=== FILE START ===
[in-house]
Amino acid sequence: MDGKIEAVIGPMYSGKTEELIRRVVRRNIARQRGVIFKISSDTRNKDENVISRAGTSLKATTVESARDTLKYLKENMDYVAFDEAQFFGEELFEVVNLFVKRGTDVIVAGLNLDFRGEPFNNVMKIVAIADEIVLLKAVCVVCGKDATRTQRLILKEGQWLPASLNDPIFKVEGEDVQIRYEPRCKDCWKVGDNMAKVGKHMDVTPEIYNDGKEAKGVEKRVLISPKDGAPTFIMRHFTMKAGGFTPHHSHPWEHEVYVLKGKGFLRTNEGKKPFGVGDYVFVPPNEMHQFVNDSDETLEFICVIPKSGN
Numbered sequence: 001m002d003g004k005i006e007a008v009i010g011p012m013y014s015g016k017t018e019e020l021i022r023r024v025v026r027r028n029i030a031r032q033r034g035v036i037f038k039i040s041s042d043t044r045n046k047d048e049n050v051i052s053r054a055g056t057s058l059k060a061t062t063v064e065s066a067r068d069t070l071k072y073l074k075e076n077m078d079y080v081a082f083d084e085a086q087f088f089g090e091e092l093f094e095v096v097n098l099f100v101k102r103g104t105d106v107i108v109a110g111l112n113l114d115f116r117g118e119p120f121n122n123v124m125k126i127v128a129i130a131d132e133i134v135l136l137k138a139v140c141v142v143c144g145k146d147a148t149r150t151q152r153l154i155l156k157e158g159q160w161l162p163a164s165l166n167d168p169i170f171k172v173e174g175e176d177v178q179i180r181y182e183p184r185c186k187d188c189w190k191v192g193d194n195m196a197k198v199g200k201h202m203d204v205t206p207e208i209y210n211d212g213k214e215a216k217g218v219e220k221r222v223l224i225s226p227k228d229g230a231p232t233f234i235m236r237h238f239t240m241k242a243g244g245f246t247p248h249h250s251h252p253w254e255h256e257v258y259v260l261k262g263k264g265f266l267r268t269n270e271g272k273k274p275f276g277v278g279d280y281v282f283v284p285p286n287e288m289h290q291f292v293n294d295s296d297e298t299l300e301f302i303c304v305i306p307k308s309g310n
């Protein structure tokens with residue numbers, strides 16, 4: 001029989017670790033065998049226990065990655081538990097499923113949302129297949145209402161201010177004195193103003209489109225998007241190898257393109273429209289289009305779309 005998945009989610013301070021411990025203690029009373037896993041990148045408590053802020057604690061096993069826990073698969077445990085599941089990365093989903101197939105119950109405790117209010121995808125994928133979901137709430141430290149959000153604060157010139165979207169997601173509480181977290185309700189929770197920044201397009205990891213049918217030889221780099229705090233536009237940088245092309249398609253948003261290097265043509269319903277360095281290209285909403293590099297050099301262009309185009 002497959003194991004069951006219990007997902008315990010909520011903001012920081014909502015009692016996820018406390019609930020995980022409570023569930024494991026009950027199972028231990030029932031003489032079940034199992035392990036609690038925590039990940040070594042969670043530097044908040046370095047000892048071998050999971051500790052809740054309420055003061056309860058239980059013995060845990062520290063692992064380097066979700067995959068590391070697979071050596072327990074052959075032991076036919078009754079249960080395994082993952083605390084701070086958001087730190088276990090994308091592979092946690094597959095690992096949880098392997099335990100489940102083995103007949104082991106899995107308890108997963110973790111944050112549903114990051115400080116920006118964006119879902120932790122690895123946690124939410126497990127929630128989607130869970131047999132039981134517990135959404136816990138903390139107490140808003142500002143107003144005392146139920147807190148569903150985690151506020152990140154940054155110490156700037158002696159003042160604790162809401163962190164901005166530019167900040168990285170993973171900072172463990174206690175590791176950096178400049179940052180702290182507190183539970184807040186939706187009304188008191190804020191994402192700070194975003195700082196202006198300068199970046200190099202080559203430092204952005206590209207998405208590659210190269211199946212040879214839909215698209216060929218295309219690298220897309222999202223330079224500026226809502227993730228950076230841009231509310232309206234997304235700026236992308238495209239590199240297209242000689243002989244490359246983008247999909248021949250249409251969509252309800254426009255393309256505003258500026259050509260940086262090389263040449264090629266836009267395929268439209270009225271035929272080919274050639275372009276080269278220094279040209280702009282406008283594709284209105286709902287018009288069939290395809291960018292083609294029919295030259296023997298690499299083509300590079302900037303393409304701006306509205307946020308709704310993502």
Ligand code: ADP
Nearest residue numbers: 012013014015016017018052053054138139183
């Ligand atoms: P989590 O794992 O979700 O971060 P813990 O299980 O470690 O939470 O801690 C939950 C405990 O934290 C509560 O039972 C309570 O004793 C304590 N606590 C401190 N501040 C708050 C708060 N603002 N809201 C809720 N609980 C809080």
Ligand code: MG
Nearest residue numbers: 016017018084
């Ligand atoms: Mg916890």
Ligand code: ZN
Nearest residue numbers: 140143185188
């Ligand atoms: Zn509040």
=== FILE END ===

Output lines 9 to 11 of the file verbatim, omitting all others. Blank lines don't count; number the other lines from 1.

Nearest residue numbers: 016017018084
């Ligand atoms: Mg916890």
Ligand code: ZN